A biological microscope uses transmitted light for observation. However, different observation modes have been developed to use specific light characteristics for specific samples, such as transparent specimens and samples that do not pass light.

The table below shows the features of major observation modes. Each observation mode has been developed to properly use characteristics of light such as scattering, diffraction, polarization, interference, and fluorescence.

Observation modes Features Common observation targets
Brightfield microscopy A general observation mode for biological microscopes, which features a bright field-of-view with transmitted illumination Living organisms, cells
Darkfield microscopy Uses scattered light, not direct light, to make samples shine against a dark field-of-view Microorganisms, cells
Phase contrast microscopy Uses phase (light variations) to convert a sample to brightness contrast for observation Colorless transparent samples, living cells
Polarized light microscopy Illuminates a sample with polarized light to convert it to brightness or color contrast for observation Crystals such as rocks and minerals, polymers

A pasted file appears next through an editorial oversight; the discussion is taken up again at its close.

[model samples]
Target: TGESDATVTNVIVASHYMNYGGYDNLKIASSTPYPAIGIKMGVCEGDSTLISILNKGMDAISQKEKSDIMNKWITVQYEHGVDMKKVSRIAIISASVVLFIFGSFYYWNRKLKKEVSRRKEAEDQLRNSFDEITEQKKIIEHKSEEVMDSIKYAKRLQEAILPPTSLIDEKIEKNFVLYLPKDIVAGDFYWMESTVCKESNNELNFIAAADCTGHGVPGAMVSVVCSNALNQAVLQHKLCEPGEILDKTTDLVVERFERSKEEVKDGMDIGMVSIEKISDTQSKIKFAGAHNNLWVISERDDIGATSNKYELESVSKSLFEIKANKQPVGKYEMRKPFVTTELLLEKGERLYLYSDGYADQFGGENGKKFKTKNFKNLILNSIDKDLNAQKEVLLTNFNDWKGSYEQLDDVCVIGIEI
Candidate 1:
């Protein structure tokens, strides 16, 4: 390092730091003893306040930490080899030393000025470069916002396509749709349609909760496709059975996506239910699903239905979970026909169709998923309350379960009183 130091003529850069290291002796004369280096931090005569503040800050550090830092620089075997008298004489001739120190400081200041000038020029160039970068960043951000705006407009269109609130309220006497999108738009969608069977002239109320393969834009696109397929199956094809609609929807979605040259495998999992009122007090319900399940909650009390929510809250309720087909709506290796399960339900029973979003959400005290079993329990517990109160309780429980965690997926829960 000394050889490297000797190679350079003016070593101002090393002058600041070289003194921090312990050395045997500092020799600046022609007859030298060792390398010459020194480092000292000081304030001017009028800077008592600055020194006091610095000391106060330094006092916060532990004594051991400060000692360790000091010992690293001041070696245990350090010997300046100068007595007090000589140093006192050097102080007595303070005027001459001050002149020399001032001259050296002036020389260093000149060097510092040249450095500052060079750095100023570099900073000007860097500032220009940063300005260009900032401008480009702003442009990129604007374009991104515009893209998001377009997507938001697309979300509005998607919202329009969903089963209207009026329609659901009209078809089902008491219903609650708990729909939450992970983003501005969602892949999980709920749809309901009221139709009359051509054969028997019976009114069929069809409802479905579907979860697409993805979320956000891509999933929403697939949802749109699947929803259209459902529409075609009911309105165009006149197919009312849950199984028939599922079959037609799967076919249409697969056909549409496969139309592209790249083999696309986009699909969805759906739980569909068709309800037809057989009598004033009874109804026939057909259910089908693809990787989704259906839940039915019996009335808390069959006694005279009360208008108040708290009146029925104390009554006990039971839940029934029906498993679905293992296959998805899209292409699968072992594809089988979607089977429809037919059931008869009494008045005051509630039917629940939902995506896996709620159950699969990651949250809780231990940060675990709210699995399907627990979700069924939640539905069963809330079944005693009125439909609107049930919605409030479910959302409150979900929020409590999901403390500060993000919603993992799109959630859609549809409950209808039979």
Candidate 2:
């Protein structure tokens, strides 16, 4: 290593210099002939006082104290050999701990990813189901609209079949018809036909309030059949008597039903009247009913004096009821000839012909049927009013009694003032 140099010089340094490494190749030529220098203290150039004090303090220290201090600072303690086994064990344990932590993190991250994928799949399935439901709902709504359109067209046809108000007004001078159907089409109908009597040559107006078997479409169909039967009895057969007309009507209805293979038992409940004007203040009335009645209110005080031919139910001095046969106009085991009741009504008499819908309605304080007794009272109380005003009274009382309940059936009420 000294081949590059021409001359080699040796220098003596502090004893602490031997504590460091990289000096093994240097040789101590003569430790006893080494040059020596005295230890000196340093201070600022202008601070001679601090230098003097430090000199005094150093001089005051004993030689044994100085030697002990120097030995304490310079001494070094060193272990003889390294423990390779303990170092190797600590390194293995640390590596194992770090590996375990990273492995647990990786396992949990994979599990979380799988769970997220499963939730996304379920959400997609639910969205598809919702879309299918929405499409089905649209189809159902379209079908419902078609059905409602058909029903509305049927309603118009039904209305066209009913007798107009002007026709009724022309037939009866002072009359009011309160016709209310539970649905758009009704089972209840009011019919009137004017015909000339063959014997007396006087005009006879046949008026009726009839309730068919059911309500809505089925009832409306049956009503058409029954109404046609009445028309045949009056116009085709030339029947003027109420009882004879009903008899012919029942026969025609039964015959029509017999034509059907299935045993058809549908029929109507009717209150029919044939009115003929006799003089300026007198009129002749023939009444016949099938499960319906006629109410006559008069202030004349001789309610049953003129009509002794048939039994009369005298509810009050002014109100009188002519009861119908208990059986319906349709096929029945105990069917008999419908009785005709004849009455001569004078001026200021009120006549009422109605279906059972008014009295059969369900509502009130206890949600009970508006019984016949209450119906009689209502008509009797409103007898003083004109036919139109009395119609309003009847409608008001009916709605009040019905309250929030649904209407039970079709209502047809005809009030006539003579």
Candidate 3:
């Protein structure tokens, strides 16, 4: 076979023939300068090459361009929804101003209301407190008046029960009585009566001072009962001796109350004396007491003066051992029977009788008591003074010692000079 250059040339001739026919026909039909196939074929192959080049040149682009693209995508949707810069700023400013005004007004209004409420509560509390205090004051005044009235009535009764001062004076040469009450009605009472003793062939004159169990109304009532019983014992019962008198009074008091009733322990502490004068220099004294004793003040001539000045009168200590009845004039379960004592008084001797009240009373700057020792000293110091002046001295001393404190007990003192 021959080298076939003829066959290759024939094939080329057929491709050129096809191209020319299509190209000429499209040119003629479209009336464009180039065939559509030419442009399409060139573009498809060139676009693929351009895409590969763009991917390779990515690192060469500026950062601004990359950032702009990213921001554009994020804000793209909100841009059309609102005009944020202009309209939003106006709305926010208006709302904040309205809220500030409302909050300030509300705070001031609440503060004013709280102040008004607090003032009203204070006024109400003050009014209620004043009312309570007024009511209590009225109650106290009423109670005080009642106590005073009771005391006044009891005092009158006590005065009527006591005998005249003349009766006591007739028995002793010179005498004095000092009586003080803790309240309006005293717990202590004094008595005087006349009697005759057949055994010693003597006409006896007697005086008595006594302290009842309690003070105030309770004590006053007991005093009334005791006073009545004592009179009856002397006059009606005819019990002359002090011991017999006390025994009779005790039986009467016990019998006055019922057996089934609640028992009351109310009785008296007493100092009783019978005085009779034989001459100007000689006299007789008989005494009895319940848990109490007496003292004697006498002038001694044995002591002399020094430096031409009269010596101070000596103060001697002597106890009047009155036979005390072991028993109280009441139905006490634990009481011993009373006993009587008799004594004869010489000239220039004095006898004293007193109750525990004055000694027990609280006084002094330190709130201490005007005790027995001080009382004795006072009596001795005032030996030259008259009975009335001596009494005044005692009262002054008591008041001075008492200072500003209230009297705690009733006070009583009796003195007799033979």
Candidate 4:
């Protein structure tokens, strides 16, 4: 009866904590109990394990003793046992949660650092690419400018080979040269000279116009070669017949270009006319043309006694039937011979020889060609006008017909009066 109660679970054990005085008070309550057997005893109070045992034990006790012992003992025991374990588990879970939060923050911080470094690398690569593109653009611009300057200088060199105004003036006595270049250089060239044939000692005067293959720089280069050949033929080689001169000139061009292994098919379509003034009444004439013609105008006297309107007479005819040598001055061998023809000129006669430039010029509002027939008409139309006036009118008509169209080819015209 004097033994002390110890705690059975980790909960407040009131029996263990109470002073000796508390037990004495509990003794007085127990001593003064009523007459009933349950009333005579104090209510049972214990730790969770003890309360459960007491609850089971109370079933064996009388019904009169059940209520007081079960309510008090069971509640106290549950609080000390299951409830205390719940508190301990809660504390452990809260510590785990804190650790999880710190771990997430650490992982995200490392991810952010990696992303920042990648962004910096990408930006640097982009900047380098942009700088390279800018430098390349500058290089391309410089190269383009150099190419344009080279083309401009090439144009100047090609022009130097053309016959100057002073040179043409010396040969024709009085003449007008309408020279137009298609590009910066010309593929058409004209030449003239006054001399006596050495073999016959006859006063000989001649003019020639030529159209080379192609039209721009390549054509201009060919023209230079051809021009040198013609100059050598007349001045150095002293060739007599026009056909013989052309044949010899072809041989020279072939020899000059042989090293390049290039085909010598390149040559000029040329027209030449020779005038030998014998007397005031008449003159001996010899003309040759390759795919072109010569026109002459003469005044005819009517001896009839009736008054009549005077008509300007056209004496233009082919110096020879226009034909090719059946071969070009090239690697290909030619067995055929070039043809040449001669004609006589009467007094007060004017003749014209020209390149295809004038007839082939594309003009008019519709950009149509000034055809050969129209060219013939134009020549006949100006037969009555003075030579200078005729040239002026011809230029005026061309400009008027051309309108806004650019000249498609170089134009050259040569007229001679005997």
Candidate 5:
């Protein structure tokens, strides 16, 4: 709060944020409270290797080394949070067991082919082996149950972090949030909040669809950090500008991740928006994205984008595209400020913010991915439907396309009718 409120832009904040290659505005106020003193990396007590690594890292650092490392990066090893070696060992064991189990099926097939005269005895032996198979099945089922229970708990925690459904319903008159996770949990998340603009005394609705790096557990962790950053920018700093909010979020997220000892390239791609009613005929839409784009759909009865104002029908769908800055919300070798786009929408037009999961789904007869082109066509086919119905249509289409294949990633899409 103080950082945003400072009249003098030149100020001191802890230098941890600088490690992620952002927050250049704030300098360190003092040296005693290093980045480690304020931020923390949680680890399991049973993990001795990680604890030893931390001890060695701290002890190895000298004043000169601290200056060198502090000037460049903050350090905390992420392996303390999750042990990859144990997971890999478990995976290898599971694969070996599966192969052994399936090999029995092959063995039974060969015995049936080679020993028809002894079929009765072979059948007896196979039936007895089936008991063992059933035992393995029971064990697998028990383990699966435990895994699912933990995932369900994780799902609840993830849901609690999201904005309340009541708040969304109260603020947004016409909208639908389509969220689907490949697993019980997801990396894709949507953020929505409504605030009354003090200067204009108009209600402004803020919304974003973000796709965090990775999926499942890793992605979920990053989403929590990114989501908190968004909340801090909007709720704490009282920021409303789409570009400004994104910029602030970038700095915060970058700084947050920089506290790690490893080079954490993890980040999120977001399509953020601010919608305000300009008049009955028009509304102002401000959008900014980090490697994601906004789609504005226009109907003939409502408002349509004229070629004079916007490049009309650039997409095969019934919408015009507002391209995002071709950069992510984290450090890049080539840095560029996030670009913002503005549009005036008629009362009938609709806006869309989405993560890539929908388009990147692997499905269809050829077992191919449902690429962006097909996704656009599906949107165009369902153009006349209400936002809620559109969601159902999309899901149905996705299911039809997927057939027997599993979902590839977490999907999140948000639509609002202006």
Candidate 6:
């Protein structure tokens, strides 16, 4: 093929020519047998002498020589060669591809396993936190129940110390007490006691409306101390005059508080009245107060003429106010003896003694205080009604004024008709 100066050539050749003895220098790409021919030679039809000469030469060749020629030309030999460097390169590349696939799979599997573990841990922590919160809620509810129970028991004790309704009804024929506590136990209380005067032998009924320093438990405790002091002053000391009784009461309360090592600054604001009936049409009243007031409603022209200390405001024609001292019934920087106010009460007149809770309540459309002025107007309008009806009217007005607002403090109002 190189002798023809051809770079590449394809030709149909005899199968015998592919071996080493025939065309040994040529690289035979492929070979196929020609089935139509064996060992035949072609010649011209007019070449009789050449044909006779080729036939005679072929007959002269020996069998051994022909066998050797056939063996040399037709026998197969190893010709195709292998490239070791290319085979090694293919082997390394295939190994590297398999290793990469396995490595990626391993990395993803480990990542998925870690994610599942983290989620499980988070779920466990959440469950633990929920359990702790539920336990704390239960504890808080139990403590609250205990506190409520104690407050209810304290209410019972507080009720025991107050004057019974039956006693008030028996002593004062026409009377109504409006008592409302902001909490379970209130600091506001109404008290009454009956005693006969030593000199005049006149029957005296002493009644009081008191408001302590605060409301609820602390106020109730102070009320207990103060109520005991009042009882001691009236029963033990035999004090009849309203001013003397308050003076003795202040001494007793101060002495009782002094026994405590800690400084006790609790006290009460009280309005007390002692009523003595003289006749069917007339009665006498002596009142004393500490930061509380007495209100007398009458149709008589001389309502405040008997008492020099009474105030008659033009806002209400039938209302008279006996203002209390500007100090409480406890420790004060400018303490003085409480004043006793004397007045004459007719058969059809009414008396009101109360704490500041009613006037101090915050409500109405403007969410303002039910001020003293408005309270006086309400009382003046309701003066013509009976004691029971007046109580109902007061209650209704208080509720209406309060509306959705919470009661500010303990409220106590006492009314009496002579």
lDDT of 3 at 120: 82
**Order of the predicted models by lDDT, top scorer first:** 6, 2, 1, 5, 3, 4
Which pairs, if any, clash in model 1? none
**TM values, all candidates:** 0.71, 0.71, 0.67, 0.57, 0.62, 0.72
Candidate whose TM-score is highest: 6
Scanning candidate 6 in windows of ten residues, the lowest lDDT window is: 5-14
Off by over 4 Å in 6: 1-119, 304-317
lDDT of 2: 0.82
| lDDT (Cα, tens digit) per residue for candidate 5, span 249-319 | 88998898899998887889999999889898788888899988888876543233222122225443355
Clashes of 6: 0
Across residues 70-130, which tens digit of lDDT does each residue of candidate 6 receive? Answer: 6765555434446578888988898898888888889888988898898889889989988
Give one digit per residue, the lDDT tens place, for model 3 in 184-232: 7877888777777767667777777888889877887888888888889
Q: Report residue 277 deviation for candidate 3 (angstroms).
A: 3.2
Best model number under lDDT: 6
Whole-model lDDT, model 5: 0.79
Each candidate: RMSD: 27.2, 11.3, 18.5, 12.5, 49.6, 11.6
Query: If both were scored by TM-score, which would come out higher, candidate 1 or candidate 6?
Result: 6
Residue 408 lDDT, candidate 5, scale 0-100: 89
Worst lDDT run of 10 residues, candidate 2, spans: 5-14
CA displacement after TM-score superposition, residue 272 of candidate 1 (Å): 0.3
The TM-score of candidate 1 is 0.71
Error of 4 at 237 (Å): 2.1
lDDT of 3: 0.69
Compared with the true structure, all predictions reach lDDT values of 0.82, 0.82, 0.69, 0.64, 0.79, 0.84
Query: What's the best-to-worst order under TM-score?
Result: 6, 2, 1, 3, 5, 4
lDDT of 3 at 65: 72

Differential interference contrast microscopy Uses the difference in distances that the transmitted light travels after passing through a sample to generate color or brightness contrast for 3D observation Colorless transparent samples, living cells
Modulation contrast (relief contrast) microscopy Converts the difference in heights of a sample to brightness contrast for 3D observation Cells in plastic containers
Fluorescence microscopy Stains a sample with a fluorescent compound or fluorescent protein such as GFP to observe the part that expresses fluorescence Cells and tissues dyed or labeled with a fluorescent dye, living organisms that exhibit intrinsic fluorescence
Reflected light microscopy Uses reflected light to observe samples that do not pass light Metals
Dispersion staining microscopy Immerses a sample in index oil and uses transmitted light scattered in the oil for observation Detection of asbestos
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